Clay Eastwood, director of international marketing for the National Pork Board, says working with the U.S. Meat Export Federation ultimately helps sell more pork globally. (Photo: Joclyn Bushman/Iowa Soybean Association)
Market diversification critical to hog industry, too
July 8, 2021 | Bethany Baratta
The U.S. soybean industry understands the importance of diversifying its portfolio, sending soybeans to customers worldwide. So, too, must the U.S. hog industry, market experts told a crowd at the World Pork Expo in Des Moines recently.
That’s because China, a large purchaser of U.S. soybeans and pork, is expected to scale back its purchases of pork as it rebuilds from African swine fever (ASF).
“The world meat markets have been in upheaval really since ASF swept into China,” says Rupert Claxton, meat director for Gire International. “We’re tackling the dual effects now with not just ASF in Asia, but COVID as well and the impact that’s having on consumer demand.”
As China rebuilds their hog herd, there’s an influx of pork imported into the country. He expects that to taper off as China works toward self-sufficiency.
Claxton says Chinese producers are realizing modern production is more expensive than just feed. It’s currently not cost competitive, and he sees potential barriers mid-term.
Diversification away from the major destinations for U.S. pork (China/Hong Kong, Mexico, Japan and Korea) is important for long-term export prices, Claxton says.
Pushing the consumer price too high means demand will drop off, he says.
“U.S. alternative outlets need to be in place, both as a future lever, and as insurance,” Claxton says.
U.S. pork export volume was the third largest on record in May 2021, led by exports to China. However, there was also substantial export growth to the Dominican Republic, the Philippines and Colombia.
“It’s not about replacing China, it’s about finding other markets to keep product moving,” Claxton said.
Joel Haggard, senior vice president of the Asia Pacific Region for the U.S. Meat Export Federation (USMEF), expects Chinese market volatility in the coming year.
The USMEF’s pork export report notes China’s softened demand from 2020 levels, and highlights opportunities in other regions.
China/Hong Kong is still the largest destination for U.S. pork in 2021, the USMEF export report notes. This is partly due to sustained demand for variety meat, for which exports through May were up 3% to 136,577 metric tons, with value up 9% to $332 million, the USMEF report notes. A slowdown in muscle cuts meant total exports were down 22% to 408,896 metric tons, valued at $952.7 million (down 24%).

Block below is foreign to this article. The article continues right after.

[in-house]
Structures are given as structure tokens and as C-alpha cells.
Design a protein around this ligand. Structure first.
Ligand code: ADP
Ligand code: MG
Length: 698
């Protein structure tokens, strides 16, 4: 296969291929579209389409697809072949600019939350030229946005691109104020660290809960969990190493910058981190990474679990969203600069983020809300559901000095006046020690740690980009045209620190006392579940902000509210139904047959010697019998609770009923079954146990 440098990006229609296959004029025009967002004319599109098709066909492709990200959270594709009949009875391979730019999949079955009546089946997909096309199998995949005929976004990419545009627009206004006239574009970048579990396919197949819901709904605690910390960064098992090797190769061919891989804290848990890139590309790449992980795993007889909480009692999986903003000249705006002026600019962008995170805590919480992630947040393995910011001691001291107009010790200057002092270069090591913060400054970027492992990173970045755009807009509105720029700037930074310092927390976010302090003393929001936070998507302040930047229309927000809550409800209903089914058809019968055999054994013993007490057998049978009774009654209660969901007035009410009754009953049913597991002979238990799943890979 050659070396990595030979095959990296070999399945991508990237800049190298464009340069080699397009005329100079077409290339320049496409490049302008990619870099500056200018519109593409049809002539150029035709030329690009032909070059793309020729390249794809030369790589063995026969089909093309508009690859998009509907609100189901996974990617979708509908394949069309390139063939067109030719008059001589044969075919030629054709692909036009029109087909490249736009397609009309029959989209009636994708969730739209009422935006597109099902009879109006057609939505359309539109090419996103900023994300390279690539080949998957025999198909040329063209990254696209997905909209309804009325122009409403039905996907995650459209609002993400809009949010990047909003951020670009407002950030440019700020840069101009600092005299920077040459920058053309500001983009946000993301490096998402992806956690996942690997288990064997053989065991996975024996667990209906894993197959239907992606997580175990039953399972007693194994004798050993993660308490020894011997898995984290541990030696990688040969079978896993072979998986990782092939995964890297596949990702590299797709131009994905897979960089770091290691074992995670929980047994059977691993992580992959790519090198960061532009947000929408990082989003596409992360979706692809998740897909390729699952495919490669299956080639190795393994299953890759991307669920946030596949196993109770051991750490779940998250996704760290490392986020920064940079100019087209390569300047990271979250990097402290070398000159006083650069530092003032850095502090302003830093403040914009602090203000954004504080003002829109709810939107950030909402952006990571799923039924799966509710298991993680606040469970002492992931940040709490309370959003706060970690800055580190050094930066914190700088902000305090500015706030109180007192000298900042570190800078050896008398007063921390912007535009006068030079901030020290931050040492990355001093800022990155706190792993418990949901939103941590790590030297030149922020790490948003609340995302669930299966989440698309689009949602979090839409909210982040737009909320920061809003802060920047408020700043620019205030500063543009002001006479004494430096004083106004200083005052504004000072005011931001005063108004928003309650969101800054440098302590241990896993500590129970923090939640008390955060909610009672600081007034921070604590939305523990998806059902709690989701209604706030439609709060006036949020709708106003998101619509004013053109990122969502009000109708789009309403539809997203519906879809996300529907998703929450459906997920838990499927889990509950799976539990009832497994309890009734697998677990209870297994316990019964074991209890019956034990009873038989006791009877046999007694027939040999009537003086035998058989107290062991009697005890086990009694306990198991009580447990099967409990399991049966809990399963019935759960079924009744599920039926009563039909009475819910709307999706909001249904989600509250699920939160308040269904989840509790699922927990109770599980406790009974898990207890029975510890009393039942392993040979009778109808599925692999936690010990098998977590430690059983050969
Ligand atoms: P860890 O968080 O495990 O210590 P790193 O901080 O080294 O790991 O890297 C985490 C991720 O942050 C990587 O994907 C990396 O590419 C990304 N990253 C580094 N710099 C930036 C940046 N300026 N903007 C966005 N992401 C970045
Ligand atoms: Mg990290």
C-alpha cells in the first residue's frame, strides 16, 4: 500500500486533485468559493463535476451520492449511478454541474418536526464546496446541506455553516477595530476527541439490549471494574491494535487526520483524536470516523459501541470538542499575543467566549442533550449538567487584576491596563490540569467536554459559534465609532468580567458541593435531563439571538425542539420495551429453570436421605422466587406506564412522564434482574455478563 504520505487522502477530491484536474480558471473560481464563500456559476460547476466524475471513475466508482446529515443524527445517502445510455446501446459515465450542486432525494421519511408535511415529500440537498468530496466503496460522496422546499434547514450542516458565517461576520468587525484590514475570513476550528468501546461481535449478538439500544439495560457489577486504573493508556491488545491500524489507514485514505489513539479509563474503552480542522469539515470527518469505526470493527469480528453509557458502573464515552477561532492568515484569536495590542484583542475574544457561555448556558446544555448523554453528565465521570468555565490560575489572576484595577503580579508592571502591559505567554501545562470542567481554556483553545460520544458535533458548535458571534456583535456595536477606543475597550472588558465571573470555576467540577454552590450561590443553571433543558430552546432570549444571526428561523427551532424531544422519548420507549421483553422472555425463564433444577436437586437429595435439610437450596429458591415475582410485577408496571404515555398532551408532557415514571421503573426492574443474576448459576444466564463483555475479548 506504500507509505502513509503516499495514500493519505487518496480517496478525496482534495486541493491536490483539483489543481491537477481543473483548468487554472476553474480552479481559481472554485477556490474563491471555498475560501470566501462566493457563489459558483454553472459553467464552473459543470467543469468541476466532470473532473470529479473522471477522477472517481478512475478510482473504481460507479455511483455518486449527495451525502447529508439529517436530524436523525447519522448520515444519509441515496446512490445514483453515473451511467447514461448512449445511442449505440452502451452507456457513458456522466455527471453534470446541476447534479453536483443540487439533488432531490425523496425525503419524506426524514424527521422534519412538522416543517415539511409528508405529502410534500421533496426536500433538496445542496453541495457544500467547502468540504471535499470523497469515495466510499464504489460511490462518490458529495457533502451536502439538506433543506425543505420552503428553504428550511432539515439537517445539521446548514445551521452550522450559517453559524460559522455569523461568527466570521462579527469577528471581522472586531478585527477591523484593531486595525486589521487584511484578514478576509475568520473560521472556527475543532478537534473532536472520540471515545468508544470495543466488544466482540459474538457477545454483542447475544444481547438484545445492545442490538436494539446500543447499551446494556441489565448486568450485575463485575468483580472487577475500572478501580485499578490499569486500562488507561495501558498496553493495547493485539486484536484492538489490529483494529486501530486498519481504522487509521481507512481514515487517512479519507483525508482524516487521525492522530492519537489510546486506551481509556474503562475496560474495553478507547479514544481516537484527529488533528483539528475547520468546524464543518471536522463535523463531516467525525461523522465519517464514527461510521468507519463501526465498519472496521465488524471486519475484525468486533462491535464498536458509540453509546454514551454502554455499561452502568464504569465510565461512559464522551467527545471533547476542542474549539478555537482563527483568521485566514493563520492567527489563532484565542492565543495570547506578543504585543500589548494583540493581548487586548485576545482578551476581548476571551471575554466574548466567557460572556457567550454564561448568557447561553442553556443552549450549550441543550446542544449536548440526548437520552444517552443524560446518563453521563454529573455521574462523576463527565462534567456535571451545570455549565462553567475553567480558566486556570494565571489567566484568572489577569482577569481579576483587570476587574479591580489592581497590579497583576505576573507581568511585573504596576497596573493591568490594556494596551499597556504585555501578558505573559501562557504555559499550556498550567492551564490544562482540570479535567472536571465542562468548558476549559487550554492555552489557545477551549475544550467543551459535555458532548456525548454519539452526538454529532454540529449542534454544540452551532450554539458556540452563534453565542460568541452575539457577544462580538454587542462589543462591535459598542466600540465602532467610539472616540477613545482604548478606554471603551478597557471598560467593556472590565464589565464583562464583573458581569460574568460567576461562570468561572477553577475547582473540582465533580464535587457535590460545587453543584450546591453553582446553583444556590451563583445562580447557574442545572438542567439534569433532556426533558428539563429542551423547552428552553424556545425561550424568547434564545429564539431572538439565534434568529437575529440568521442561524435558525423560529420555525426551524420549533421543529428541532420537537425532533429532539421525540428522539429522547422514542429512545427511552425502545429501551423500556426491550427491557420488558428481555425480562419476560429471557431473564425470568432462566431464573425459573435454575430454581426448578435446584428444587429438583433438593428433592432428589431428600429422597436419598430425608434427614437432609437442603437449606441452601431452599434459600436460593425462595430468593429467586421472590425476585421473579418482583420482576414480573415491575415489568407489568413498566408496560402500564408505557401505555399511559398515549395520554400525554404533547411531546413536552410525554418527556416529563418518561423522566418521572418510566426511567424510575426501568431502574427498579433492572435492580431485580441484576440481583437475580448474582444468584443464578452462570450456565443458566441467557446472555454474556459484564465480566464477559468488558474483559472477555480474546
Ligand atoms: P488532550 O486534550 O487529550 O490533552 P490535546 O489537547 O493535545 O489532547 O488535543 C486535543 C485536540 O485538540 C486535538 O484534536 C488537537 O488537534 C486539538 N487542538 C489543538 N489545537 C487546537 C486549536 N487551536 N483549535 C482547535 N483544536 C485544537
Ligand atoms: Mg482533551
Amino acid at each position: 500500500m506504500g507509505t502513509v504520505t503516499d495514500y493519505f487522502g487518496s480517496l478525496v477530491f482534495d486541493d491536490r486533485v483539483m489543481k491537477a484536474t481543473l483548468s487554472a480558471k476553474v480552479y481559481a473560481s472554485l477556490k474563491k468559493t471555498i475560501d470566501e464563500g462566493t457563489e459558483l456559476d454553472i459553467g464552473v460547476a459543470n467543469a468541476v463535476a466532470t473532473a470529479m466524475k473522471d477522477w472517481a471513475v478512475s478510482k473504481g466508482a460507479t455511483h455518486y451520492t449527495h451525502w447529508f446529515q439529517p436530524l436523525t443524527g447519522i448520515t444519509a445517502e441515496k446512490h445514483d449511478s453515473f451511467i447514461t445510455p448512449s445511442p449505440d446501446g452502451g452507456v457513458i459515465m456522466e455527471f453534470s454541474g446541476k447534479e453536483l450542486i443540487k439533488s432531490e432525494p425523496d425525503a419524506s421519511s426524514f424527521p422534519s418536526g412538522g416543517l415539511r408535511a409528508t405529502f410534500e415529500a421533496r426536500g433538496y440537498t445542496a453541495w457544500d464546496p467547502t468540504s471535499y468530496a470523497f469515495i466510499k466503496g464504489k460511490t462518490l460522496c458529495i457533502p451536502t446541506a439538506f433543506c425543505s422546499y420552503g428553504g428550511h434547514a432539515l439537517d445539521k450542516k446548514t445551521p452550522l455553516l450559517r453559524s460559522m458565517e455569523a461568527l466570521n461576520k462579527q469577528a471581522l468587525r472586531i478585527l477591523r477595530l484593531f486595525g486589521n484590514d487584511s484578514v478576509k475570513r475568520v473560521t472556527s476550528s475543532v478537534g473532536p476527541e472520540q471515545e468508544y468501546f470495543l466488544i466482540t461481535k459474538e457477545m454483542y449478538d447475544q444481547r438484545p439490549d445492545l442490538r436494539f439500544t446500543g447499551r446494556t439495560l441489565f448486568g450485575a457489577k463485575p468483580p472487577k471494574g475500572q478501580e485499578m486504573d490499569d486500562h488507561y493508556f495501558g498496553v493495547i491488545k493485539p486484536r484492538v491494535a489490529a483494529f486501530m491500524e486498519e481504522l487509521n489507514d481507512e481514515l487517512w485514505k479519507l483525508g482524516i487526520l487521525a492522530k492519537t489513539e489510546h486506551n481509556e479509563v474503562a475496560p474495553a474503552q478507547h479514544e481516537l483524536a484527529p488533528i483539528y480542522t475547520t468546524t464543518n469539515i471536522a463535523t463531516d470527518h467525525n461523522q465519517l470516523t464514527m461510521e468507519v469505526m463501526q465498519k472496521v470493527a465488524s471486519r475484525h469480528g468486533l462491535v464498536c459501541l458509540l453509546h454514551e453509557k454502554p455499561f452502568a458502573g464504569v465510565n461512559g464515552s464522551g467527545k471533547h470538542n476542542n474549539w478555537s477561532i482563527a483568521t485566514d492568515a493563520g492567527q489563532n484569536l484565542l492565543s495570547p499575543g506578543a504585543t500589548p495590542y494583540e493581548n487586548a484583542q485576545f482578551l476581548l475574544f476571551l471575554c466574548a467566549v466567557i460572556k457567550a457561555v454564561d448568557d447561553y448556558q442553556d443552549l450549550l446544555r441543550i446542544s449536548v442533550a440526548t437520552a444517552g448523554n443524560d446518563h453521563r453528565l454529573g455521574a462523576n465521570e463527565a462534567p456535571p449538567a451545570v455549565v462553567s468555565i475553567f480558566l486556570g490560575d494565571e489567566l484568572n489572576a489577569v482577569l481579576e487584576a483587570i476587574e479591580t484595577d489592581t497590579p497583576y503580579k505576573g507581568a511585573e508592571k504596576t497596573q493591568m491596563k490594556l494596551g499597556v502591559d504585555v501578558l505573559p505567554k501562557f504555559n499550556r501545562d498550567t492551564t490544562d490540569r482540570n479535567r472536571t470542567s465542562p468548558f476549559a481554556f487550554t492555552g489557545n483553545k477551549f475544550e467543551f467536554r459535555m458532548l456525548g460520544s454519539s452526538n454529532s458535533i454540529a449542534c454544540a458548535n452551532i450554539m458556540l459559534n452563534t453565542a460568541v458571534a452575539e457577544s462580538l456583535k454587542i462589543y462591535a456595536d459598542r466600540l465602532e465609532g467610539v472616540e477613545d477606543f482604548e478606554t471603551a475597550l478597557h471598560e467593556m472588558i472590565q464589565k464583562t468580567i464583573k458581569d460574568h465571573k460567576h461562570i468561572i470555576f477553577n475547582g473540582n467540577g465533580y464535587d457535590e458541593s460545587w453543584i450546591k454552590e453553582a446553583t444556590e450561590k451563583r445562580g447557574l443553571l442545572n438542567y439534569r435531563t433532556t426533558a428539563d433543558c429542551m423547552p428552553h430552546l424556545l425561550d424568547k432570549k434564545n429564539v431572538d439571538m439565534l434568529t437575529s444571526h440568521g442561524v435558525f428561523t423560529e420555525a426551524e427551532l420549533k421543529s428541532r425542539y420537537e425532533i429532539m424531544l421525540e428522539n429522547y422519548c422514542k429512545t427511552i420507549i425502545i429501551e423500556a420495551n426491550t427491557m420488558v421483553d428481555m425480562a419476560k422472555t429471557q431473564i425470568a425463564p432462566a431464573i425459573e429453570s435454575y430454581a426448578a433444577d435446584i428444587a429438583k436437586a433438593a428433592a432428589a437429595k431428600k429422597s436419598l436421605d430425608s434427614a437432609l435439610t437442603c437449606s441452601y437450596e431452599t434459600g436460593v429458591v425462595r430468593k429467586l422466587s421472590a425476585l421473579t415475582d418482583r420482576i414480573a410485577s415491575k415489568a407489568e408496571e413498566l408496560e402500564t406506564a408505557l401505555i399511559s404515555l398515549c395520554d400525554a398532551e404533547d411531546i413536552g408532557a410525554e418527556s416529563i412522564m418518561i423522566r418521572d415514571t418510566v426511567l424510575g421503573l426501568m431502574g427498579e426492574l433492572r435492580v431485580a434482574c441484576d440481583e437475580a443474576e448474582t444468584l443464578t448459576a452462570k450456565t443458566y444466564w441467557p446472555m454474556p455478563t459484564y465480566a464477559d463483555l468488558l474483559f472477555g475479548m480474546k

“The continued decline in China’s pork and live hog prices suggests this trend is likely to accelerate in coming months, underscoring the importance of further export growth to other destinations,” the USMEF report notes.
Clay Eastwood, director of international marketing for the National Pork Board, said the Pork Checkoff is working with USMEF as the industry’s “feet in the street” to diversify markets for the U.S. hog industry.
“Diversification is really a key piece of our strategy … as we position pork for long-term success in the international space,” Eastwood said.
The checkoff developed an international marketing strategy to build confidence in U.S. pork in a diverse global protein market. The international marketing diversification strategy task force is made up of producers engaged in learning about what USMEF does, and how to build upon the export strategy process. They’re learning how USMEF takes pork and other investments and adds supplemental funding through the U.S. Department of Agriculture (USDA); turning a $7 million pork checkoff funds into a $14 to $15 million pork budget utilized on pork’s behalf.
“I’m encouraged by how we extend our dollars and how we leverage our resources globally,” says Nick Berry, a member of the international marketing diversification strategy task force and CEO of Swine Genetics International.
Using these funds, the Checkoff invests in assessment to determine how best to market pork in countries around the world.
Global firm Gira conducted market assessments to determine marketing opportunities in the Philippines, China and Vietnam. The assessments were funded by the Pork Checkoff and the USDA Foreign Agricultural Service Emerging Markets Program.
An additional product differentiation study, funded through the Pork Checkoff, will be released later this year. In that study, the National Pork Board identified six key markets to determine the messages that best resonate with customers.
“You as producers have an excellent story to share with our customers in international markets,” Eastwood says. “But we’ve identified six key markets: Japan, Korea, Mexico, Canada, China, and Hong Kong where we would like to figure out what messages resonate best with those customers in the market.”